Earl Lloyd was a rising basketball star at West Virginia State College, but little did he know how soon he would become an important part of sports history. Toward the end of Lloyd’s senior season he was heading to class with a classmate and she told him she heard his name on the radio that day. Unaware of what she was referring to, Lloyd simply asked what she heard. She told him some team in Washington called the Washington Capitols had drafted him.
“You’re going to Washington and they’re going to try you guys out, so show them your best,” said Lloyd’s college coach, Marquis Caldwell. Being from Alexandria, Virginia, it was almost a homecoming party for Earl Lloyd. Before he was at West Virginia State, he graduated from Parker-Gray High School in 1946, Alexandria’s only African-American high school.
Now defunct, the Washington Capitols team was a charter member of the Basketball Association of America, a forerunner to the National Basketball Association. Home games were played at Uline Arena, located at 1146 3rd Street, Northeast, Washington D.C. with a capacity of 7,500.
Under coach Red Auerbach, the Capitols won division titles in 1947 and in 1949. The next year, Auerbach left to became the head coach of the Boston Celtics. (Ironically both teams wore green and white uniforms.) When Early Lloyd came to training camp in the fall of 1950, the Capitols were led by player-coach, Bones Mckinney.
For Lloyd, growing up in Jim Crow Alexandria, Virginia was not an easy task. “Integration had not taken place as you know and segregation was the order of the day and there’s nothing subtle about segregation, it was a nasty thing,” said Lloyd in an interview years later.
Despite the challenges, Lloyd would find that his playground basketball experiences prepared him well for the Capitols. “The playground basketball wars in D.C. made college and the NBA a piece of cake.”
Hal Hunter, an African American player from North Carolina College who Lloyd had battled in college, was included in the tryout along with Lloyd, but his height and position hindered him making the team.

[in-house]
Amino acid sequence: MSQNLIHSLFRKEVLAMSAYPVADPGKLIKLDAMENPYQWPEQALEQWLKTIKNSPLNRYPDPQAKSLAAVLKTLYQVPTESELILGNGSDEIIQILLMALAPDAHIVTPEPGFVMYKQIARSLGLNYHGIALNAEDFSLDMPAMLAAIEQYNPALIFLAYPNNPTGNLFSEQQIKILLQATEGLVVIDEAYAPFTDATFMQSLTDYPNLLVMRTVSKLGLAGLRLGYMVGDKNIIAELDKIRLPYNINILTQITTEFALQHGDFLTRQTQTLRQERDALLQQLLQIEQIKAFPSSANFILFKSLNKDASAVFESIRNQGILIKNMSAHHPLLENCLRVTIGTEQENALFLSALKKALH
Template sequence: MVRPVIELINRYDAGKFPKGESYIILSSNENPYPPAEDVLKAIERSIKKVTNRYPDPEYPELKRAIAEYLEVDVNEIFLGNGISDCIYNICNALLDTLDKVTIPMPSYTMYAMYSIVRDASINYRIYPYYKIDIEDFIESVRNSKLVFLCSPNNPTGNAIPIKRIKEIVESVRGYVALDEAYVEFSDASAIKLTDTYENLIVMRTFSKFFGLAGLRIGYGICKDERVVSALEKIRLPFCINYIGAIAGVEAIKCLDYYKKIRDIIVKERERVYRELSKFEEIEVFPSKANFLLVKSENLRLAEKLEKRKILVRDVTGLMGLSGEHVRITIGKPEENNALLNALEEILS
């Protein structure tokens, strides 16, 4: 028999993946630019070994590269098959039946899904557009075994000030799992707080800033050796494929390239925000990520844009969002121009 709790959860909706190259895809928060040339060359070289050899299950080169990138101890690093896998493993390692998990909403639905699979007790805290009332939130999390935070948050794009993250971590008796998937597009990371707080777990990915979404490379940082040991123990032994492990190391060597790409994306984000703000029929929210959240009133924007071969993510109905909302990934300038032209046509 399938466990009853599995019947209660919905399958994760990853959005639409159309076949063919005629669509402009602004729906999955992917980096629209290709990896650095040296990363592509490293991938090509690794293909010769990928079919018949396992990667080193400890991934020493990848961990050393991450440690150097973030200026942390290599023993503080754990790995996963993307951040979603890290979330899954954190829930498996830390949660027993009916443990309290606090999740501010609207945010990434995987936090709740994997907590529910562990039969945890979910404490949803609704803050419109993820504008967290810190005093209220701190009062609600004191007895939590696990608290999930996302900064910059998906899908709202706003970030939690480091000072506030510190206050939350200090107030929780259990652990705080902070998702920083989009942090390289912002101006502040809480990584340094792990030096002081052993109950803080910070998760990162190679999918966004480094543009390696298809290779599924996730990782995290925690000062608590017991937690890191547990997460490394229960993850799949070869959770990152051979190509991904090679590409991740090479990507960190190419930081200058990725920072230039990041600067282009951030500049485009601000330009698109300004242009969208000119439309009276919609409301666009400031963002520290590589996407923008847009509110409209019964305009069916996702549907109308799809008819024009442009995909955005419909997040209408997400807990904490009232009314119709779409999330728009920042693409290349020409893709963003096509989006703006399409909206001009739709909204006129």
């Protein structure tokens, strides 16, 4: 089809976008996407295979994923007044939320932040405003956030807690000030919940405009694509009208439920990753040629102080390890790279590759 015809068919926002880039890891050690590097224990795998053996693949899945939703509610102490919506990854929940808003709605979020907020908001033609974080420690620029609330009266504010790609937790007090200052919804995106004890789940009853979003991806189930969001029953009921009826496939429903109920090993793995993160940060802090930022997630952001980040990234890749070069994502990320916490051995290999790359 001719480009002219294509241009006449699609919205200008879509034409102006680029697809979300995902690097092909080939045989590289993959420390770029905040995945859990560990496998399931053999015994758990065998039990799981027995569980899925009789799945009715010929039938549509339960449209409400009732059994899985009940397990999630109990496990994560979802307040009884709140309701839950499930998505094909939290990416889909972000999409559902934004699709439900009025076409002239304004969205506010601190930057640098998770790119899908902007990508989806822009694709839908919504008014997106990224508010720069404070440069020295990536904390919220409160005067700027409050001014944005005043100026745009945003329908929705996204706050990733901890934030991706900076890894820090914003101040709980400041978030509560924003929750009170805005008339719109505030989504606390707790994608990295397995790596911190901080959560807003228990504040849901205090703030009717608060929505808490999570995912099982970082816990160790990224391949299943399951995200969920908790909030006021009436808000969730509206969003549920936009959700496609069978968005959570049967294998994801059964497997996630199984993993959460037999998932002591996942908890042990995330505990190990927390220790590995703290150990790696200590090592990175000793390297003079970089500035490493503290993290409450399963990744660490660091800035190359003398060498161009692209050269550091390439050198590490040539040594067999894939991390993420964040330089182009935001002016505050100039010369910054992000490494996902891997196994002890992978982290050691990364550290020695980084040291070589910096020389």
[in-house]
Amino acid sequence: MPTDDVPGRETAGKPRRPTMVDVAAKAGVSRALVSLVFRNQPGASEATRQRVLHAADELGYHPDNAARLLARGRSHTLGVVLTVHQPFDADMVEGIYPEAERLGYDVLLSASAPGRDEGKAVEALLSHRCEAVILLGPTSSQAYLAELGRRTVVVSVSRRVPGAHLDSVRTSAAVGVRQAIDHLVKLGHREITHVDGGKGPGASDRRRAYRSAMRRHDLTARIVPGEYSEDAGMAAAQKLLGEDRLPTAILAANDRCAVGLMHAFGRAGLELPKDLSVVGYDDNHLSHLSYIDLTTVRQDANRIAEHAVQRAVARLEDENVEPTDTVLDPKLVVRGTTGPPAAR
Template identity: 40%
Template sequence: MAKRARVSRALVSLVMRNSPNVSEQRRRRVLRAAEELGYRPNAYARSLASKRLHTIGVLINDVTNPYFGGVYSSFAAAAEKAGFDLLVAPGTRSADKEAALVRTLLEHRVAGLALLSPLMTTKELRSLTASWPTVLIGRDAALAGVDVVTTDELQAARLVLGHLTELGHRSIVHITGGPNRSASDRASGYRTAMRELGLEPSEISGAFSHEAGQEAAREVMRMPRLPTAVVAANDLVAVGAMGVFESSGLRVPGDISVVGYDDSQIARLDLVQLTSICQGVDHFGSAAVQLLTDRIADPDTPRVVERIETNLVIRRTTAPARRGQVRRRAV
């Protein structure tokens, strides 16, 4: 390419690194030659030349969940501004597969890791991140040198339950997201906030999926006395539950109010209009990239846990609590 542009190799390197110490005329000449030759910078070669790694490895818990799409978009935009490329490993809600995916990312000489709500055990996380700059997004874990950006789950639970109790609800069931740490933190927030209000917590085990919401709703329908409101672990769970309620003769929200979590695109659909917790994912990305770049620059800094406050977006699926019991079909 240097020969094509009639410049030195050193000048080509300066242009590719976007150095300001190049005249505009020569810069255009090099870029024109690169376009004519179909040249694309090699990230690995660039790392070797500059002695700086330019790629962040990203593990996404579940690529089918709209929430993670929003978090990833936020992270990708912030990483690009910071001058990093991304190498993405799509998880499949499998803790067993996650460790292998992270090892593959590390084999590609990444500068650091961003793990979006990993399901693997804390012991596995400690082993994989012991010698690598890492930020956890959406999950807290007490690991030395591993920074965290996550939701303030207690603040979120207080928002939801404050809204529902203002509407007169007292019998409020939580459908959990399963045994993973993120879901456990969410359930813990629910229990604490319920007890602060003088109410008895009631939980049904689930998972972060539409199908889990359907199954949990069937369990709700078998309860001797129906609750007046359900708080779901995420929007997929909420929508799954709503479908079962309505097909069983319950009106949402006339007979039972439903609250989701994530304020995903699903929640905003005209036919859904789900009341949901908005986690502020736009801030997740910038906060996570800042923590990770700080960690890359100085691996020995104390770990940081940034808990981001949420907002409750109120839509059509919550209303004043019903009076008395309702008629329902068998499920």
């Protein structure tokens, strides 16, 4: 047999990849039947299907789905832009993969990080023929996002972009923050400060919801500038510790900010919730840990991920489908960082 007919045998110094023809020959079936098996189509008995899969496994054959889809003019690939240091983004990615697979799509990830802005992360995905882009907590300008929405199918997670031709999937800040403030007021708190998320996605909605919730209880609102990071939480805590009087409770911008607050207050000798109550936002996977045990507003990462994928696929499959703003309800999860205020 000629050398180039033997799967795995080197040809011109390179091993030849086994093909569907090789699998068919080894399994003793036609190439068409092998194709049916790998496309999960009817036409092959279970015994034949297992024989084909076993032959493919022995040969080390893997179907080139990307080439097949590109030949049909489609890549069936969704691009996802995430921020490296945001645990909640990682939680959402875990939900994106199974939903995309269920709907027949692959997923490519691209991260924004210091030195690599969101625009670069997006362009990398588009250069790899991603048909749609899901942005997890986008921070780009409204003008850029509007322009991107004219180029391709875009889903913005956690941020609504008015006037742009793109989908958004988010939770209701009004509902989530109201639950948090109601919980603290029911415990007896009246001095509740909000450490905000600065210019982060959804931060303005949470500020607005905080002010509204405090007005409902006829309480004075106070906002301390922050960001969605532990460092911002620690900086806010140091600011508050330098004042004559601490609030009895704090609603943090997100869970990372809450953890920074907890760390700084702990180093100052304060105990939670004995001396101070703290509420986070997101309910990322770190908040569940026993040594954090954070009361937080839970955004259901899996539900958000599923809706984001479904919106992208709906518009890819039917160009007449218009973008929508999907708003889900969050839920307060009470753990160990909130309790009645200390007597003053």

During the early days of the NBA, teams were composed of white athletes. “I played against Hal for four years, Hal was a great player but during that time when the first black guys came in the NBA they weren’t taking any small guys…back court people,” said Lloyd. “Because the thing was like in pro football black guys couldn’t be quarterbacks because they weren’t ‘smart enough,’ they said and in basketball they also said black point guards couldn’t run a pro basketball team.”
The year Lloyd was drafted; two other black players were drafted before him. Chuck Cooper of the Celtics, and Nat “Sweetwater” Clifton, of the Knicks—were both selected in the 2nd round, Lloyd in the 9th. However, a scheduling quirk meant that Lloyd was the one who made history. The Capitols opened their season on October 31, one day before Chuck Cooper’s first game and four days before Clifton’s.
Lloyd’s debut was against the Rochester Royals in Rochester, New York. On the night of the game, after the announcer read the lineup a white man in the front row said, “Do you think that nigger can play any basketball?” Lloyd’s mother told him not to worry, “that ‘nigger’ can play.”
Although the Capitols lost 78-70, Lloyd’s impact was felt as he finished with a respectable six points. He reflected on the history-making night saying, “Rochester, New York…cold weather, most people told me about that the Ku Klux Klan is going to be there with ropes and all of that kind of stuff you know…. If you had to handpick a town to play a game with all of that controversy, they picked the right place…it would get so cold in the winter that no one hates anyone.”
The next night, Lloyd and Capitols returned to Washington to take on the Indianapolis Olympics at Uline Arena. As it turned out, he would only play a total of seven games with his hometown team, as he was drafted into the Army for the Korean War. By the time he returned to basketball the following season, the Capitols had folded due to bad finances.
Lloyd joined the Syracuse Nationals and became a key component in their 1955 championship run, before finishing his career with the Detroit Pistons.
As important as Lloyd’s integration was he downplays it, “People try to compare me to Jackie Robinson, but I don’t know about that,” Lloyd said. “He was one of my heroes. There was totally a different attitude in basketball than baseball. It was going to be somebody sooner or later.”
Maybe so, but that somebody was Alexandria, Virginia’s Earl Lloyd.
- a, b, c, d Mike Ortiz Jr. “The Journey Earl Lloyd: The First Ever African-American Player Speaks”. Bleacherreport.com. May 1 2011.
- ^ Dick Welss. “West Virginia State to Reveal a Statue to Honor Earl Lloyd”. Coachgeorgeraveling.com
- ^ Dave Wieme. “Earl Lloyd Making a Difference: Profiles in Black History”. nba.com.
- ^ “October 31 1950: Earl Lloyd Becomes first black player in the NBA” history.com
- ^ Washington Capitols at Rochester Royals Box Score, October 31, 1950. Basketball-reference.com.
- a, b Paul Corliss. “Earl Lloyd: A True Hardwood Pioneer”. Feb. 1 2012. Legendsofbasketball.com